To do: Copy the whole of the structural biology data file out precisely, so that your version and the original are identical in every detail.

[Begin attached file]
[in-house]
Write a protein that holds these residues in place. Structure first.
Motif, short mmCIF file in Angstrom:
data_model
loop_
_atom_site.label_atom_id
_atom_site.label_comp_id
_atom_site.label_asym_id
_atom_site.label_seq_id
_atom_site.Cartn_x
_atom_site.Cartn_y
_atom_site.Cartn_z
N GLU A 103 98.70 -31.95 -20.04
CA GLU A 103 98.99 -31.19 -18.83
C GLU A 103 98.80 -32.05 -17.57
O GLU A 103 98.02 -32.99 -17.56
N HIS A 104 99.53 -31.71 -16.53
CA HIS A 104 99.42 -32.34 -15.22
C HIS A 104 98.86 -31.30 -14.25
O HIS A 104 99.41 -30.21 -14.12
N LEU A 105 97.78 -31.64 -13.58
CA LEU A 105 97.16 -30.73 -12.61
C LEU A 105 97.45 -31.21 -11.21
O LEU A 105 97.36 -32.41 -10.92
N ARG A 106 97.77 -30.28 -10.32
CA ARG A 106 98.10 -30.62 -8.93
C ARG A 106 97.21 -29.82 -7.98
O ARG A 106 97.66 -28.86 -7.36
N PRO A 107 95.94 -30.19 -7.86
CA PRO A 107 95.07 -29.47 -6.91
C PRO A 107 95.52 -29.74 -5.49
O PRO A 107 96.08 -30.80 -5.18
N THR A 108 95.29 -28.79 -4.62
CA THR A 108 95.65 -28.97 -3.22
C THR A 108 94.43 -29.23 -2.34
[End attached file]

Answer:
[in-house]
Write a protein that holds these residues in place. Structure first.
Motif, short mmCIF file in Angstrom:
data_model
loop_
_atom_site.label_atom_id
_atom_site.label_comp_id
_atom_site.label_asym_id
_atom_site.label_seq_id
_atom_site.Cartn_x
_atom_site.Cartn_y
_atom_site.Cartn_z
N GLU A 103 98.70 -31.95 -20.04
CA GLU A 103 98.99 -31.19 -18.83
C GLU A 103 98.80 -32.05 -17.57
O GLU A 103 98.02 -32.99 -17.56
N HIS A 104 99.53 -31.71 -16.53
CA HIS A 104 99.42 -32.34 -15.22
C HIS A 104 98.86 -31.30 -14.25
O HIS A 104 99.41 -30.21 -14.12
N LEU A 105 97.78 -31.64 -13.58
CA LEU A 105 97.16 -30.73 -12.61
C LEU A 105 97.45 -31.21 -11.21
O LEU A 105 97.36 -32.41 -10.92
N ARG A 106 97.77 -30.28 -10.32
CA ARG A 106 98.10 -30.62 -8.93
C ARG A 106 97.21 -29.82 -7.98
O ARG A 106 97.66 -28.86 -7.36
N PRO A 107 95.94 -30.19 -7.86
CA PRO A 107 95.07 -29.47 -6.91
C PRO A 107 95.52 -29.74 -5.49
O PRO A 107 96.08 -30.80 -5.18
N THR A 108 95.29 -28.79 -4.62
CA THR A 108 95.65 -28.97 -3.22
C THR A 108 94.43 -29.23 -2.34